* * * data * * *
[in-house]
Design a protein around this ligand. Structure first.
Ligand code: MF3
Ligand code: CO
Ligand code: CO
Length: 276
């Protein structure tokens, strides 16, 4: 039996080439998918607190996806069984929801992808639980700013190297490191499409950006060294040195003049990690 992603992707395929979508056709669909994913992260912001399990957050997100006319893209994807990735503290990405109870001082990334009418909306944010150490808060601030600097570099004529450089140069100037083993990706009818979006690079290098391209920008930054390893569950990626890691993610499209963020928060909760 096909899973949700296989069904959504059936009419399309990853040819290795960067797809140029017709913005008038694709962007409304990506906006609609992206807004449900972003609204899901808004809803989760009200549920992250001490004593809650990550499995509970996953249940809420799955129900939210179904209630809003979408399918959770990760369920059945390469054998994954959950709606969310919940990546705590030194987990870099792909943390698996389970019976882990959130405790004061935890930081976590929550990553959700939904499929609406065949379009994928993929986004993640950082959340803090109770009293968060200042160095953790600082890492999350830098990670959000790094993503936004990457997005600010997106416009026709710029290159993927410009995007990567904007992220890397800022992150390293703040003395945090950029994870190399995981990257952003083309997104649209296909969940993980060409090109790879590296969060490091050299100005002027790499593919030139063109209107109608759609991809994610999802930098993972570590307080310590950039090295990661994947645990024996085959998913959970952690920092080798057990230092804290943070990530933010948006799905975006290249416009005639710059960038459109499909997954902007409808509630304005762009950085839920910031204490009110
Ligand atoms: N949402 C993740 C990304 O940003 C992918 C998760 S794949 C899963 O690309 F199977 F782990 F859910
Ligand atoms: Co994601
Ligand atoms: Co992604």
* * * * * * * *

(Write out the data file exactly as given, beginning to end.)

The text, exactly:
[in-house]
Design a protein around this ligand. Structure first.
Ligand code: MF3
Ligand code: CO
Ligand code: CO
Length: 276
């Protein structure tokens, strides 16, 4: 039996080439998918607190996806069984929801992808639980700013190297490191499409950006060294040195003049990690 992603992707395929979508056709669909994913992260912001399990957050997100006319893209994807990735503290990405109870001082990334009418909306944010150490808060601030600097570099004529450089140069100037083993990706009818979006690079290098391209920008930054390893569950990626890691993610499209963020928060909760 096909899973949700296989069904959504059936009419399309990853040819290795960067797809140029017709913005008038694709962007409304990506906006609609992206807004449900972003609204899901808004809803989760009200549920992250001490004593809650990550499995509970996953249940809420799955129900939210179904209630809003979408399918959770990760369920059945390469054998994954959950709606969310919940990546705590030194987990870099792909943390698996389970019976882990959130405790004061935890930081976590929550990553959700939904499929609406065949379009994928993929986004993640950082959340803090109770009293968060200042160095953790600082890492999350830098990670959000790094993503936004990457997005600010997106416009026709710029290159993927410009995007990567904007992220890397800022992150390293703040003395945090950029994870190399995981990257952003083309997104649209296909969940993980060409090109790879590296969060490091050299100005002027790499593919030139063109209107109608759609991809994610999802930098993972570590307080310590950039090295990661994947645990024996085959998913959970952690920092080798057990230092804290943070990530933010948006799905975006290249416009005639710059960038459109499909997954902007409808509630304005762009950085839920910031204490009110
Ligand atoms: N949402 C993740 C990304 O940003 C992918 C998760 S794949 C899963 O690309 F199977 F782990 F859910
Ligand atoms: Co994601
Ligand atoms: Co992604």